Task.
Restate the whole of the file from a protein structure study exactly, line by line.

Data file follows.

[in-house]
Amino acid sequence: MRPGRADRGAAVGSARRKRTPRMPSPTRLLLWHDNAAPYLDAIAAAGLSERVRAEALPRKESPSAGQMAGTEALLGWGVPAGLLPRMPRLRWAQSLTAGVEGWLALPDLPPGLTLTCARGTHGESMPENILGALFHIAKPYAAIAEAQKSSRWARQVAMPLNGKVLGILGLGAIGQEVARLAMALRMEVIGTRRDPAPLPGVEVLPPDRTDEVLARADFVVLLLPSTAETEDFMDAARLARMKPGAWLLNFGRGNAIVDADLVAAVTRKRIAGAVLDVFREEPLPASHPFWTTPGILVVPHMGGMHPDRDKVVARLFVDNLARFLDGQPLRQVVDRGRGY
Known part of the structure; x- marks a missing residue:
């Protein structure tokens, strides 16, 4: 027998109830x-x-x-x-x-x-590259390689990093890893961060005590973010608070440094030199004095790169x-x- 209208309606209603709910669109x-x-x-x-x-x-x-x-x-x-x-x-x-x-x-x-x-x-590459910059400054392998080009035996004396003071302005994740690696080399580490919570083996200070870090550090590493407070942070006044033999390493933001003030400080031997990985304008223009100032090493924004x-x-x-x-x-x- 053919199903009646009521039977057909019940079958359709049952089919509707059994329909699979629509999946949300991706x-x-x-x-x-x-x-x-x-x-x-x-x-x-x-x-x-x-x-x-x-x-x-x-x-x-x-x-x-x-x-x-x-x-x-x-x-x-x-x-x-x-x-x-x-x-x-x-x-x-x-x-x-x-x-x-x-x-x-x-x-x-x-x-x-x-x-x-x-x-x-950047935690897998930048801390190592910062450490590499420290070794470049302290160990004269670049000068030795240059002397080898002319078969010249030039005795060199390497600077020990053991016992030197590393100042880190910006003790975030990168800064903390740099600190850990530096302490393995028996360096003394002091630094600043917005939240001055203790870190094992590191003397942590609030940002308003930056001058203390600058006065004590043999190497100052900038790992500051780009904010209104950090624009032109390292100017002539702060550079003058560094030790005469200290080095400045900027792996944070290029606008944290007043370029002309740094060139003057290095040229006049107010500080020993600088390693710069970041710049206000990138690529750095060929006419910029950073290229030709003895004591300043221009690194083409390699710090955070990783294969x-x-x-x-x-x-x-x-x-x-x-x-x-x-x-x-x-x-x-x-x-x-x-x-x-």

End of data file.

[in-house]
Amino acid sequence: MRPGRADRGAAVGSARRKRTPRMPSPTRLLLWHDNAAPYLDAIAAAGLSERVRAEALPRKESPSAGQMAGTEALLGWGVPAGLLPRMPRLRWAQSLTAGVEGWLALPDLPPGLTLTCARGTHGESMPENILGALFHIAKPYAAIAEAQKSSRWARQVAMPLNGKVLGILGLGAIGQEVARLAMALRMEVIGTRRDPAPLPGVEVLPPDRTDEVLARADFVVLLLPSTAETEDFMDAARLARMKPGAWLLNFGRGNAIVDADLVAAVTRKRIAGAVLDVFREEPLPASHPFWTTPGILVVPHMGGMHPDRDKVVARLFVDNLARFLDGQPLRQVVDRGRGY
Known part of the structure; x- marks a missing residue:
């Protein structure tokens, strides 16, 4: 027998109830x-x-x-x-x-x-590259390689990093890893961060005590973010608070440094030199004095790169x-x- 209208309606209603709910669109x-x-x-x-x-x-x-x-x-x-x-x-x-x-x-x-x-x-590459910059400054392998080009035996004396003071302005994740690696080399580490919570083996200070870090550090590493407070942070006044033999390493933001003030400080031997990985304008223009100032090493924004x-x-x-x-x-x- 053919199903009646009521039977057909019940079958359709049952089919509707059994329909699979629509999946949300991706x-x-x-x-x-x-x-x-x-x-x-x-x-x-x-x-x-x-x-x-x-x-x-x-x-x-x-x-x-x-x-x-x-x-x-x-x-x-x-x-x-x-x-x-x-x-x-x-x-x-x-x-x-x-x-x-x-x-x-x-x-x-x-x-x-x-x-x-x-x-x-950047935690897998930048801390190592910062450490590499420290070794470049302290160990004269670049000068030795240059002397080898002319078969010249030039005795060199390497600077020990053991016992030197590393100042880190910006003790975030990168800064903390740099600190850990530096302490393995028996360096003394002091630094600043917005939240001055203790870190094992590191003397942590609030940002308003930056001058203390600058006065004590043999190497100052900038790992500051780009904010209104950090624009032109390292100017002539702060550079003058560094030790005469200290080095400045900027792996944070290029606008944290007043370029002309740094060139003057290095040229006049107010500080020993600088390693710069970041710049206000990138690529750095060929006419910029950073290229030709003895004591300043221009690194083409390699710090955070990783294969x-x-x-x-x-x-x-x-x-x-x-x-x-x-x-x-x-x-x-x-x-x-x-x-x-």